Some days, being a nurse in oncology exhausts me to the core.
No, I don’t know if you will puke, if you will have diarrhea, if you’ll get an infection. I don’t know if your cancer will come back, if your tumor is bigger, if the chemo is working, if the cancer is in your liver, your bones, your brain. I don’t know if you’ll live to get married, or to see the ocean again, if you’ll be able to have a baby, if you’ll see your grandchild graduate high school. If you’ll bury your spouse, or if your spouse will bury you. I don’t know if you’ll die in 6 months, 12 months, 12 years.
Clearly, I don’t know much.
But in this tiring day in clinic, I had the blessing of caring for a patient who has been through every permutation of chemotherapy known to (wo)man for breast cancer, who looked me straight in the eye and said:
I know I’m going to die. But I’m going to enjoy the life that I have, however long that is.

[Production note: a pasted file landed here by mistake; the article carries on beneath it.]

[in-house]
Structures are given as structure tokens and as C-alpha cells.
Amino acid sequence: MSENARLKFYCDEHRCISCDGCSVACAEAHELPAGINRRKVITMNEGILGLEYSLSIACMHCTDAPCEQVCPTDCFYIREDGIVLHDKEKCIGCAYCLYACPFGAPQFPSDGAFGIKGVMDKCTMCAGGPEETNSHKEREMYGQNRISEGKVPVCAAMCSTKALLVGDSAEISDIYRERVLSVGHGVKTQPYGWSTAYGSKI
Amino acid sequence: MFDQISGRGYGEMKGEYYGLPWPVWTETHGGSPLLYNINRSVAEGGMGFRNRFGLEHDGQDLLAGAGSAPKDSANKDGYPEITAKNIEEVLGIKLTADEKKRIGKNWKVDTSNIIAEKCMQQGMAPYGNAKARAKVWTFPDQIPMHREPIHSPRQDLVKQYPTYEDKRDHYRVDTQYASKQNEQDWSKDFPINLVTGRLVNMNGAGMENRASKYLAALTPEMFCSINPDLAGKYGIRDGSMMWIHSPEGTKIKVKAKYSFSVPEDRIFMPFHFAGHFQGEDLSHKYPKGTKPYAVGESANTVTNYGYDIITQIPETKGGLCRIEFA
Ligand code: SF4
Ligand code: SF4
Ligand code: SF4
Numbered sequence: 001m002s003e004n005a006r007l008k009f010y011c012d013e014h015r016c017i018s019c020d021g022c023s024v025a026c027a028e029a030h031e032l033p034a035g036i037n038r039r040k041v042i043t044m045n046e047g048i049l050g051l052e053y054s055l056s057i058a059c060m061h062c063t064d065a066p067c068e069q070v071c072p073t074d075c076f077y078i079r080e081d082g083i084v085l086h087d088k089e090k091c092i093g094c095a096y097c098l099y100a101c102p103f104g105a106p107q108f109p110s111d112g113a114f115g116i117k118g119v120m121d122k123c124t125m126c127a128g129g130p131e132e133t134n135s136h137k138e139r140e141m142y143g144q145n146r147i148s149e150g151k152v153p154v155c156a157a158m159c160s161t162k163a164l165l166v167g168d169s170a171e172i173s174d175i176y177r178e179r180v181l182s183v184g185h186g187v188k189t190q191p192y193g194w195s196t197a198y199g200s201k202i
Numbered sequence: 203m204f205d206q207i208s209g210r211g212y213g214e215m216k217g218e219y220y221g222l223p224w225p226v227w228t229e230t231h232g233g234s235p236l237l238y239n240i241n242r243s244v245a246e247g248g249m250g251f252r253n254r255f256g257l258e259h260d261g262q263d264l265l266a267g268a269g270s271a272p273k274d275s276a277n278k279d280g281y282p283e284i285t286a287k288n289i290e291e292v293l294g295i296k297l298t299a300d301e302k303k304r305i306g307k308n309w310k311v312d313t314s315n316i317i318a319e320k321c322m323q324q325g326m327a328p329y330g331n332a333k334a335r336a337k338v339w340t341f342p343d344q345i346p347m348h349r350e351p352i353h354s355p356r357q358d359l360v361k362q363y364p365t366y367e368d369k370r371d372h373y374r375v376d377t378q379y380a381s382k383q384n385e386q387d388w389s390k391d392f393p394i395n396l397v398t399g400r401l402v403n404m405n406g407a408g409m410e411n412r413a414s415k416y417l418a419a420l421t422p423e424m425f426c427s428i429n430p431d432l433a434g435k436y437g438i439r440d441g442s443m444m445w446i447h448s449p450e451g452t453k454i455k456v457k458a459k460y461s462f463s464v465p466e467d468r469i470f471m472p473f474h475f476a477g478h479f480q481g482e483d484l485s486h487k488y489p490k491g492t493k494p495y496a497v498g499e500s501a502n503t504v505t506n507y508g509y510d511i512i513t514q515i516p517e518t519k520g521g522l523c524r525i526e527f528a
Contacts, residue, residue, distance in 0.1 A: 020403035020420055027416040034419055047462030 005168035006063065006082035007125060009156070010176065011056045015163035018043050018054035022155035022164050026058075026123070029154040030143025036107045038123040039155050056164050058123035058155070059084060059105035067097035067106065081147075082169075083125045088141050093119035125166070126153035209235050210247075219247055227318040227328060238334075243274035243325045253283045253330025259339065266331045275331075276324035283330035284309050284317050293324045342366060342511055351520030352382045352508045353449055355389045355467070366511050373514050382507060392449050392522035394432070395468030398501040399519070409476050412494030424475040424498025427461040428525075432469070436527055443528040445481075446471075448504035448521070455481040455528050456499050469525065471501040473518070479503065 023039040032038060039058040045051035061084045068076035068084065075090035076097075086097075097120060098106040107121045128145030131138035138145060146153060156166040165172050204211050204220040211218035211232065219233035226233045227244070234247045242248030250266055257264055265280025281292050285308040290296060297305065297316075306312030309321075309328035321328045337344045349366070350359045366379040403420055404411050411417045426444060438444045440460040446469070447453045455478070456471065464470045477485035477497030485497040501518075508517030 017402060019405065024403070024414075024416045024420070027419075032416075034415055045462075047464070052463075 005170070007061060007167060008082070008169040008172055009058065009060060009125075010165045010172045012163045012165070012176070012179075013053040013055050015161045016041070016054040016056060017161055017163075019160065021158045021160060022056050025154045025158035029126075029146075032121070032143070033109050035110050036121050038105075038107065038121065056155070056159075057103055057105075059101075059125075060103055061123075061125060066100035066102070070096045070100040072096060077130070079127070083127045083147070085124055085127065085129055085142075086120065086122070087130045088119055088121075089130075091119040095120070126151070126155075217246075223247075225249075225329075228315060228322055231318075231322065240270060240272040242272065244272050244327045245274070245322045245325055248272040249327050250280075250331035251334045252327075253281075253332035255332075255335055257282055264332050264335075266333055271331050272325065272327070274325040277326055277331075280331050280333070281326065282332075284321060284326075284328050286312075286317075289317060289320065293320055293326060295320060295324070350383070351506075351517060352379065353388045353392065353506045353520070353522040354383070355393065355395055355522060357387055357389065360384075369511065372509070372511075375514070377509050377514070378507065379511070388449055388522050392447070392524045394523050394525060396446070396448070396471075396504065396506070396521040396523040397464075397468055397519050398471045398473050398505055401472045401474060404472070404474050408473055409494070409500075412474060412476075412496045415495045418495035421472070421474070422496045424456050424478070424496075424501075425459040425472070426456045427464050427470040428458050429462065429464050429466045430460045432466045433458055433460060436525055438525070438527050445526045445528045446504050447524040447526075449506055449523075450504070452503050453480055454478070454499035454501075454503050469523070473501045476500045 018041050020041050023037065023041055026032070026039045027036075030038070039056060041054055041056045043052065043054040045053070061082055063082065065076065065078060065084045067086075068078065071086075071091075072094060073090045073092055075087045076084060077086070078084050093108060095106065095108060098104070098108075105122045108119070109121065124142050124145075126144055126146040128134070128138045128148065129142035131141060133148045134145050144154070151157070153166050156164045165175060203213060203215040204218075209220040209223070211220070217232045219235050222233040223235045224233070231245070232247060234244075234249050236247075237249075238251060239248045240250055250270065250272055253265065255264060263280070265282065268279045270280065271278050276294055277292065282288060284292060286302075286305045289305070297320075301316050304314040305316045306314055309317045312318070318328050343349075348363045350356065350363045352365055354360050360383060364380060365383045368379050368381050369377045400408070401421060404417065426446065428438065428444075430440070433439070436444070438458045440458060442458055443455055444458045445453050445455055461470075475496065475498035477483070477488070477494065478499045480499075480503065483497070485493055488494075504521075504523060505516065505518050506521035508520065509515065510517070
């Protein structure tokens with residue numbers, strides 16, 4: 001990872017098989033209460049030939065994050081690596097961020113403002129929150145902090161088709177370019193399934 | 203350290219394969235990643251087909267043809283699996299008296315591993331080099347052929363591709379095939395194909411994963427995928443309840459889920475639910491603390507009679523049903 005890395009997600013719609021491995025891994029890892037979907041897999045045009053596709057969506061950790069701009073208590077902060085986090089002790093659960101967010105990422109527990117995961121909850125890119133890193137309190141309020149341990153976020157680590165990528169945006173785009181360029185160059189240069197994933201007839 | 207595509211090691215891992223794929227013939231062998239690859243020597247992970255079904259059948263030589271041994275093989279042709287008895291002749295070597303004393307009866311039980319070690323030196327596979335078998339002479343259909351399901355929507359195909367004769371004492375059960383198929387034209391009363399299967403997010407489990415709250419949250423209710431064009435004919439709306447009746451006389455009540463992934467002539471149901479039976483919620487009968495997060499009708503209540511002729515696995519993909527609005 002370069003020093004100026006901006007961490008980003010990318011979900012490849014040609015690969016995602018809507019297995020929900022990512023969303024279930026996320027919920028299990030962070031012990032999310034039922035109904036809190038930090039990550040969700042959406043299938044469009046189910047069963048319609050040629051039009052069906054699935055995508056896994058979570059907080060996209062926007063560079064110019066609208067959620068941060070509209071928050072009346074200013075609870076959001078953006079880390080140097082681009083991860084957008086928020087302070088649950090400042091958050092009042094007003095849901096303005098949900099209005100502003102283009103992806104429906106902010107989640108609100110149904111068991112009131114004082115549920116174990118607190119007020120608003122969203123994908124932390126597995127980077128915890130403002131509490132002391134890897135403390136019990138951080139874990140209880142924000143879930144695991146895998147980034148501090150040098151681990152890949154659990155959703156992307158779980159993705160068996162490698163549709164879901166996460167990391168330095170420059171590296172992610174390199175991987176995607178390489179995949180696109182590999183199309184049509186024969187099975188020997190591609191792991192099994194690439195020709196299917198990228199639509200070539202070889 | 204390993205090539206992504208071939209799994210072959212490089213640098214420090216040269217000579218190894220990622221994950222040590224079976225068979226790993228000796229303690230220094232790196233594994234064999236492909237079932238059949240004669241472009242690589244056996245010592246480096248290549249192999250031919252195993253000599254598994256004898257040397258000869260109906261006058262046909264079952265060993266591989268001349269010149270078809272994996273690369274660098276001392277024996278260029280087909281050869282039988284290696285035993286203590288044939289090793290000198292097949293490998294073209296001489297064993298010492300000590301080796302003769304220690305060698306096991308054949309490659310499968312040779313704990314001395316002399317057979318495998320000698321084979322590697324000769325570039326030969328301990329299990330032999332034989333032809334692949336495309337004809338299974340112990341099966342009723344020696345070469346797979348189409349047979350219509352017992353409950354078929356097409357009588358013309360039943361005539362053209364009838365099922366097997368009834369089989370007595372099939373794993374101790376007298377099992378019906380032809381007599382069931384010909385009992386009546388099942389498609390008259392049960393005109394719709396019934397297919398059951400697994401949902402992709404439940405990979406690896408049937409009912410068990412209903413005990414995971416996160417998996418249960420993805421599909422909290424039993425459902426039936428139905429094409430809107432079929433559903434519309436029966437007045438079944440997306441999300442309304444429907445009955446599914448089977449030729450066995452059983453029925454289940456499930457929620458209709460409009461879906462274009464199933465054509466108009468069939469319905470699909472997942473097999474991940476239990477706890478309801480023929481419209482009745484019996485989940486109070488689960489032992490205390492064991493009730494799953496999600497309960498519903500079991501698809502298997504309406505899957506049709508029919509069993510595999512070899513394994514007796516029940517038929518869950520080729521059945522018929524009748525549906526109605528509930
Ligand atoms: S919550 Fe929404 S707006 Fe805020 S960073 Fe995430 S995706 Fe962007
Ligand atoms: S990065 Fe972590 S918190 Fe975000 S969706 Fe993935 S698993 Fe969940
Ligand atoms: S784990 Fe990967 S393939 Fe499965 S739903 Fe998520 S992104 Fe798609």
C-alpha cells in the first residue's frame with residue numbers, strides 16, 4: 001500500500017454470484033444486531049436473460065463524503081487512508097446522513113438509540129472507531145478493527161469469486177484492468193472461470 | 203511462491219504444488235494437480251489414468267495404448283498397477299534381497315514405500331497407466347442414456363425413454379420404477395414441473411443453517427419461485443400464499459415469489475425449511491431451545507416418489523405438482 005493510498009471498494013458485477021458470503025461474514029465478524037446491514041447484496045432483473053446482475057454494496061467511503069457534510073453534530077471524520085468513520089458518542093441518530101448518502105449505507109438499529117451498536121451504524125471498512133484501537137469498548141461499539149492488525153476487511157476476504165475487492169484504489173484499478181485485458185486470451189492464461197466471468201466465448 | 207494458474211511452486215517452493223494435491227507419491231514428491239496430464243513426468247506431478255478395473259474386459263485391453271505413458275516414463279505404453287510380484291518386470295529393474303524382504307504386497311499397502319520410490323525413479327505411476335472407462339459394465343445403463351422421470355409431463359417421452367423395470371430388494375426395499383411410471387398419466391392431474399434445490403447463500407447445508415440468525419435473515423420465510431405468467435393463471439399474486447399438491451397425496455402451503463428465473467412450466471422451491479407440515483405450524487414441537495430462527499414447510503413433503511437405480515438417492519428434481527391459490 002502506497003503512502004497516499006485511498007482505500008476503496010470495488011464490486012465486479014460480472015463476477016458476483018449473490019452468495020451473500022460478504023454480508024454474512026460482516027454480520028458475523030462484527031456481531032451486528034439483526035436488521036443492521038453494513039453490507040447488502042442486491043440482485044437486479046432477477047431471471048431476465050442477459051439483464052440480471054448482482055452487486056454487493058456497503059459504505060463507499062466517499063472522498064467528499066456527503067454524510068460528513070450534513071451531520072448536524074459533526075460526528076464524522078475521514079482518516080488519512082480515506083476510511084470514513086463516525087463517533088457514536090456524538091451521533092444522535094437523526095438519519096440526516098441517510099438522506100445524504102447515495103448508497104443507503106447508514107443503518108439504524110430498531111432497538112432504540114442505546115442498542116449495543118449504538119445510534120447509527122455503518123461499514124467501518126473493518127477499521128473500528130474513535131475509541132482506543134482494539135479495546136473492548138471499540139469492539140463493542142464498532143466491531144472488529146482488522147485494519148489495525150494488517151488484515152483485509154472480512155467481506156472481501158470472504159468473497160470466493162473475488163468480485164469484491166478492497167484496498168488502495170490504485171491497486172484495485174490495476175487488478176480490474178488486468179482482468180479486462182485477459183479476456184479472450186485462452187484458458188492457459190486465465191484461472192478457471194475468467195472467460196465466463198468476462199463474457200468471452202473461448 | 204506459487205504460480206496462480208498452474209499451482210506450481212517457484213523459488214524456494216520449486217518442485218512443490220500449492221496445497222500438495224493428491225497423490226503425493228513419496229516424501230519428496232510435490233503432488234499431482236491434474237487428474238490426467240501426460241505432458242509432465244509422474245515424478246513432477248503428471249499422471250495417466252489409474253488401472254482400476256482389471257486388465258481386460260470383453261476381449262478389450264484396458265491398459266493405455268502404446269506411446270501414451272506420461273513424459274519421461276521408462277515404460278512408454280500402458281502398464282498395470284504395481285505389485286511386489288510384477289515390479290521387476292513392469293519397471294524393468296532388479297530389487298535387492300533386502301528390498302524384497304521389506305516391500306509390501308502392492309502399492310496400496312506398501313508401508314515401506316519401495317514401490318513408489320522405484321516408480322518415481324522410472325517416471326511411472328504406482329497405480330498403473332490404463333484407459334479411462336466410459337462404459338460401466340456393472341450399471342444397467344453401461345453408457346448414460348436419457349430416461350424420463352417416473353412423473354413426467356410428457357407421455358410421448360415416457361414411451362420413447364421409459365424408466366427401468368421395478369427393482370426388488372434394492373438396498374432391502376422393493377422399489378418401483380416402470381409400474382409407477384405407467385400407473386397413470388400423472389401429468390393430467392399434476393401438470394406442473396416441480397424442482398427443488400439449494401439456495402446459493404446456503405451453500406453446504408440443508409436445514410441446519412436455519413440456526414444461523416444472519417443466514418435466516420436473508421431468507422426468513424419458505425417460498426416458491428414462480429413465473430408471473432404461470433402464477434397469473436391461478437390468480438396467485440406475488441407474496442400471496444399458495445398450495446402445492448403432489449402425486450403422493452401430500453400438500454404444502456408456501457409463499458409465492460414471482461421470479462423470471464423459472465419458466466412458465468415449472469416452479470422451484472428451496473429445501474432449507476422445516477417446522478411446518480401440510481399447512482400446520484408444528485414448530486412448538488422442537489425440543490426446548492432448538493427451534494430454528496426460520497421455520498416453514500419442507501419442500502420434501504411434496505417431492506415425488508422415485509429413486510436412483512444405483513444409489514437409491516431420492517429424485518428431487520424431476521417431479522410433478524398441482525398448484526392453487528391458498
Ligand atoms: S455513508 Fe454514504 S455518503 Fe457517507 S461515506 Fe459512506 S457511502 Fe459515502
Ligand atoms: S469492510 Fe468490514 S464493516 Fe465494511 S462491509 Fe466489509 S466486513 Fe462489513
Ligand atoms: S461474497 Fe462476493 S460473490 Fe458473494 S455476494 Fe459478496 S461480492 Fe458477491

She meant it. She’s ready for the inevitable, but she’s grounded in the present.
We are so busy making plans for a future that may or may not come. We grind away at jobs in order to get rewards down the road, we delay the telephone calls, the new dress, the vacation. I’m not saying that planning ahead is a bad thing, but it must be tempered with a grounding energy and a dedication to this very moment:
Take a breath. Feel your chair beneath your body, the ridges on your keyboard. This is all there is, right now.
So own it.